Plane maker Airbus dusted off plans to increase output of its most popular jetliners after a stream of new orders brought fresh signs of a dying recession.
Friday’s move by the world’s largest civil plane maker comes as rival Boeing also considers a production hike to meet resurgent demand, though it has expressed uncertainty about whether its network of suppliers was ready to keep up.
Airbus said it had discussed with its suppliers, most of whom also supply Boeing, its goal of increasing production of its A320 narrow-body planes in various stages to 40 a month by first quarter 2012 from 34 a month a present, Reuters reports.
The goal revives a plan first outlined in May 2007 for the most ambitious production schedule attempted in civil aviation — and would ultimately result in a completed passenger jet rolling off its French or German assembly lines every 6.7 working hours.
Aviation went into a steep nosedive after the financial market collapse in 2008, with airlines going bankrupt and orders for new planes falling sharply.
However, deliveries of new aircraft ordered during an earlier boom held up relatively well and increases in traffic have brought buyers back into the market.
Plane makers bagged orders by the dozen at last week’s Farnborough Airshow, particularly from leasing companies whose speculative decisions often anticipate the economic mood.
EADS Finance Director Hans Peter Ring said the industry was growing more confident as airlines in emerging markets also step up to buy. However, he cautioned that major economies like the United States did not yet have a clear-cut recovery.
“Where we were cautiously optimistic, we could say we are (now) optimistic, but we still have to be vigilant,” he said.
Airlines are reporting better returns and European aerospace firms are cashing in on a weaker euro which helps them export — even though EADS is paying a price for having hedged most currency risk when it felt threatened by a strong euro.
“Airline yields have recovered, the dollar is stronger and the financial sector has stabilised, so all of that goes in the right direction,” Finance Director Ring told reporters on a conference call.
Shares in Airbus parent EADS rose as much as 5 percent, making it the second-biggest gainer among French blue chips .FCHI. At 1306 GMT, they were up 2.4 percent at 18.0 euros.
Investors’ sentiment was boosted by sweeping upward revisions in group financial forecasts, despite profits having halved in the first half due to weaker currency hedge rates and higher research and development spending.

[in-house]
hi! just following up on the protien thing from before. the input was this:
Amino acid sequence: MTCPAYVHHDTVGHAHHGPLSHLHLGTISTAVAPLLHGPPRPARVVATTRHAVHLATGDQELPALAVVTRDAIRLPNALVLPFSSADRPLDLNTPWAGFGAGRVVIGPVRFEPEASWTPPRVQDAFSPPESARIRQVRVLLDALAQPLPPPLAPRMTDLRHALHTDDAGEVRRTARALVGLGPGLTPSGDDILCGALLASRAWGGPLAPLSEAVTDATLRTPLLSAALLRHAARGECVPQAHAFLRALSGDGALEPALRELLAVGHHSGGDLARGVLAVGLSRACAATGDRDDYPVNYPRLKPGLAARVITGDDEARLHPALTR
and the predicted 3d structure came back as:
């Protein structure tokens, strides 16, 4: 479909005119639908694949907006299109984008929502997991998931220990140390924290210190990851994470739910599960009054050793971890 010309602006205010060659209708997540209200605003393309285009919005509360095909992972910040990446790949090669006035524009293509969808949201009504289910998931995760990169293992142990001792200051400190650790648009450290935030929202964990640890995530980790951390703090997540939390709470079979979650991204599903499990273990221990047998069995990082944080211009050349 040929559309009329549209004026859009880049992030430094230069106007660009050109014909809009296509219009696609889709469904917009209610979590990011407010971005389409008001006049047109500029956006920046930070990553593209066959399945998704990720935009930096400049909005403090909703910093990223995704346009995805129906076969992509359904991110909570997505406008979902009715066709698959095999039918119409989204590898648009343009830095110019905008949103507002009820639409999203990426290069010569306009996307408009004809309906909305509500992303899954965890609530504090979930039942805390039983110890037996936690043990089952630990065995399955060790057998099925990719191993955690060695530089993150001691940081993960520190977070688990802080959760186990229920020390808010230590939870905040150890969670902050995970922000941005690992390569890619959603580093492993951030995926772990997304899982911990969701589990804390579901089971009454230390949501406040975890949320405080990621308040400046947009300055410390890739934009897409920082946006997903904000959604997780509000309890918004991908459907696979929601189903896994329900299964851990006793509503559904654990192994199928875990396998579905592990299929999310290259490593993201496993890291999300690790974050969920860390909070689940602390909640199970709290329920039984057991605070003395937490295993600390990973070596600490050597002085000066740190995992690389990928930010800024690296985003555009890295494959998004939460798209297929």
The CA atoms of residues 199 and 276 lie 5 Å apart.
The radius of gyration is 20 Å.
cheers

EADS predicted a total of 500 Airbus plane deliveries this year, edging past last year’s record 498. It upped its forecast for new jetliner orders by a third to more than 400 this year after bumper orders at Farnborough and a Berlin show in June.
However, deliveries at Airbus sister firm Eurocopter were seen likely to fall slightly and civil helicopter orders remain slack. EADS is also still worried about the growing cost of the Airbus A380 superjumbo, which is struggling with lengthy delays.
The firm raised its annual revenue forecast to 44 billion euros after previously aiming to match last year’s 42.8 billion, and predicted 1.2 billion euros in core profit before one-offs.
Boeing is targeting a total of 460 to 465 deliveries this year. Last month, it announced plans to increase production on the popular 737 narrow-body jet to 35 a month in early 2012.
Still, a question mark lingers over whether the aircraft supply chain can support increased aerospace output, the head of Boeing’s commercial unit said last week.
Problems in the supply chain have been partly blamed for delays in developing Boeing’s new 787 Dreamliner.
Boeing Chief Executive James McNerney told investors this week he aimed for a decision on output in the early autumn.
Meanwhile, both planemakers, who have a duopoly over sales of jetliners with more than 100 seats, are considering whether to upgrade their most-sold lines of aircraft with new engines.
Airlines are growing more confident as economic recovery takes hold, with performance at pre-crisis levels and expectations of profitability rising, IATA said on Tuesday.
British Airways posted wider-than-expected quarterly losses on Friday but predicted breakeven for the year.